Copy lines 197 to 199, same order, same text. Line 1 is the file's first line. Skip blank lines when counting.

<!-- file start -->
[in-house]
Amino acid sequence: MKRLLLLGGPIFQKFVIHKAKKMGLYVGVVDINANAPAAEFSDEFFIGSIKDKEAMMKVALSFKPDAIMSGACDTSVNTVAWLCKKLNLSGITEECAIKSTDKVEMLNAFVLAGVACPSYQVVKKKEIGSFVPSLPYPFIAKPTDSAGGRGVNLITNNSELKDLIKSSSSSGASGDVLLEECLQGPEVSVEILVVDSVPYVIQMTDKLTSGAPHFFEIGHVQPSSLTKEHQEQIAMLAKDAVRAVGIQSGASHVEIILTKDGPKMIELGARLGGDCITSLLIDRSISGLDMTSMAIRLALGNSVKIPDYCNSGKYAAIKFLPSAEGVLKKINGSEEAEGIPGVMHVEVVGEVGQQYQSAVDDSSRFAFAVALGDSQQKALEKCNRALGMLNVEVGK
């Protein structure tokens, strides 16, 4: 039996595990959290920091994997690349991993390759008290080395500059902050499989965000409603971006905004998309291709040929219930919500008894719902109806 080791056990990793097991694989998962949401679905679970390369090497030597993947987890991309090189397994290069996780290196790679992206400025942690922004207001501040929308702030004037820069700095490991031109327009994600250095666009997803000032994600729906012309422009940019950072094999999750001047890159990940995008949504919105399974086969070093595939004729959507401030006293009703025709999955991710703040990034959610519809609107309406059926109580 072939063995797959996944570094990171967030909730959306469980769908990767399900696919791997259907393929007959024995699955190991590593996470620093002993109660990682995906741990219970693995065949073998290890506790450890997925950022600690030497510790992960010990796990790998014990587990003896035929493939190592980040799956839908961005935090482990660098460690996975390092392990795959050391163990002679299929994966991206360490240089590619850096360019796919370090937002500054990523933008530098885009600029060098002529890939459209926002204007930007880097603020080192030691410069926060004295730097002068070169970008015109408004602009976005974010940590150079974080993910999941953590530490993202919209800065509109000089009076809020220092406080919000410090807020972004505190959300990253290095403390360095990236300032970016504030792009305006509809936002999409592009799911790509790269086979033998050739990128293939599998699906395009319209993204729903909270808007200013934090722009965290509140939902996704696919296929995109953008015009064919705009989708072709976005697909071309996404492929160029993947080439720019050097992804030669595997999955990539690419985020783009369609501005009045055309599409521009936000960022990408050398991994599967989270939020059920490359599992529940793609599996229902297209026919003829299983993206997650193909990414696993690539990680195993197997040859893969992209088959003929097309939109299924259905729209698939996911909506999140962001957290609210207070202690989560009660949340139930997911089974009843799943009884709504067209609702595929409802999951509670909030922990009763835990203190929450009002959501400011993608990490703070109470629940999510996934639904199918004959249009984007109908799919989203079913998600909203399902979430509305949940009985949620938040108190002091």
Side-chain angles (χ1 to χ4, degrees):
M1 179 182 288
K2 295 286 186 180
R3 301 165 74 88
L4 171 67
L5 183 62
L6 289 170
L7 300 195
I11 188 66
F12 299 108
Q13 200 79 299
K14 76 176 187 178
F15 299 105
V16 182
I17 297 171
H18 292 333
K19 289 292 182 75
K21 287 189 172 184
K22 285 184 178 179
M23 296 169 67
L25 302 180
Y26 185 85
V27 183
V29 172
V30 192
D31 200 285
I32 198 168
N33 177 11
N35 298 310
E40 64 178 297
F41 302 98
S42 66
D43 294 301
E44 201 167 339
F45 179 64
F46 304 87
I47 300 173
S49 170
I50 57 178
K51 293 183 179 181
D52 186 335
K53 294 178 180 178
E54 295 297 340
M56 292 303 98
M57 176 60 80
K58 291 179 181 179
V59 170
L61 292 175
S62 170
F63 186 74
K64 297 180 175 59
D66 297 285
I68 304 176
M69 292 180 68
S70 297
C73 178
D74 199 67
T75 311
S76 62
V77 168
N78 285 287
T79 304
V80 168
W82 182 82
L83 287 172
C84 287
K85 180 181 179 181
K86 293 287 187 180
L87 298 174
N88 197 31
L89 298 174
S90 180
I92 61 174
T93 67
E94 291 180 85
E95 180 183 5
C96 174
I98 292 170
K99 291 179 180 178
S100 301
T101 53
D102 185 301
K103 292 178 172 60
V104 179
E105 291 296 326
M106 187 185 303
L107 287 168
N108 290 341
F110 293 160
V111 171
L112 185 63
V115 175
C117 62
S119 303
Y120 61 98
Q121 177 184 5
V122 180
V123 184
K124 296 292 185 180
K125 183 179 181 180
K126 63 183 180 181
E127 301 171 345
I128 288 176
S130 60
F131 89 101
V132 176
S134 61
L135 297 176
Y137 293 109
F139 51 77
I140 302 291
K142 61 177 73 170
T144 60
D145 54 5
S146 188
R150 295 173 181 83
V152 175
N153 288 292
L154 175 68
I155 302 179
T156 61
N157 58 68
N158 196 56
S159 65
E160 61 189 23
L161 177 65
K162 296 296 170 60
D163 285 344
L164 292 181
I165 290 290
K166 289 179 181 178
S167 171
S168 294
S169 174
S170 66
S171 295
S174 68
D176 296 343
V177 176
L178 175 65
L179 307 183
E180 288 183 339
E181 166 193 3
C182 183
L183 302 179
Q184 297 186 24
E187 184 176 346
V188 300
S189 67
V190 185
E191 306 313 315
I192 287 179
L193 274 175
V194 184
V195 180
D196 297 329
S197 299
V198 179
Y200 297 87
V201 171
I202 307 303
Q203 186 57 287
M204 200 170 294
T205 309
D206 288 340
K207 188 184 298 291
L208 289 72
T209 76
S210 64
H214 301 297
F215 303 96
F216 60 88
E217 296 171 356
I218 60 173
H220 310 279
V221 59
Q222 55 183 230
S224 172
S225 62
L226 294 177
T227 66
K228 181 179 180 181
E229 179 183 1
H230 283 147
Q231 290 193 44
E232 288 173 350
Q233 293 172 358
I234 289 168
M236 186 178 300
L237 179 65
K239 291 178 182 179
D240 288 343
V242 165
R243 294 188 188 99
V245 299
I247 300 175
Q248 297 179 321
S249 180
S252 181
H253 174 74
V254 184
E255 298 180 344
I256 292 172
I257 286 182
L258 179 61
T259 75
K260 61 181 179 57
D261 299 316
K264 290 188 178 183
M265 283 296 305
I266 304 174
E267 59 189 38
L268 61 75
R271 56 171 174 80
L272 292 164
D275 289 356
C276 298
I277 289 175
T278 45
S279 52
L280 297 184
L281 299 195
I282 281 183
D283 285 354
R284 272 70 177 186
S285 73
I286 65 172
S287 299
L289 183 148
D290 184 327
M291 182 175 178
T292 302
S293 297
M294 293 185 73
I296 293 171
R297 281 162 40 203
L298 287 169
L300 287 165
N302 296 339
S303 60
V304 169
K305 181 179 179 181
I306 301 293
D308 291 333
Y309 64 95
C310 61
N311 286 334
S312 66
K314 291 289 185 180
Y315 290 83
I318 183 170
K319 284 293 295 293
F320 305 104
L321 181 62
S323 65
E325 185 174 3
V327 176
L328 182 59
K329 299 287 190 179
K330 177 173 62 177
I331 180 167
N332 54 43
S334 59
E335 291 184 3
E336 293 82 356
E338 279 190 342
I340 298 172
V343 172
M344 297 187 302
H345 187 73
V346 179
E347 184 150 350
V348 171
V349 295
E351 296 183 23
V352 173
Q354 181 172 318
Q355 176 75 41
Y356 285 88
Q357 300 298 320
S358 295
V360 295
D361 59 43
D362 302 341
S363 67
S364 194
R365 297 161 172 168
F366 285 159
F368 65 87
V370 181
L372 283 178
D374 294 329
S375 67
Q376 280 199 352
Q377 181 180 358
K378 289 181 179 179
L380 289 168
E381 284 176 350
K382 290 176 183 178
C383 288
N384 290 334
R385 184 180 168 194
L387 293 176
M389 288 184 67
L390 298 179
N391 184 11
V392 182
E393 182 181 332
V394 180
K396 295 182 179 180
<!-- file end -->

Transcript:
R243 294 188 188 99
V245 299
I247 300 175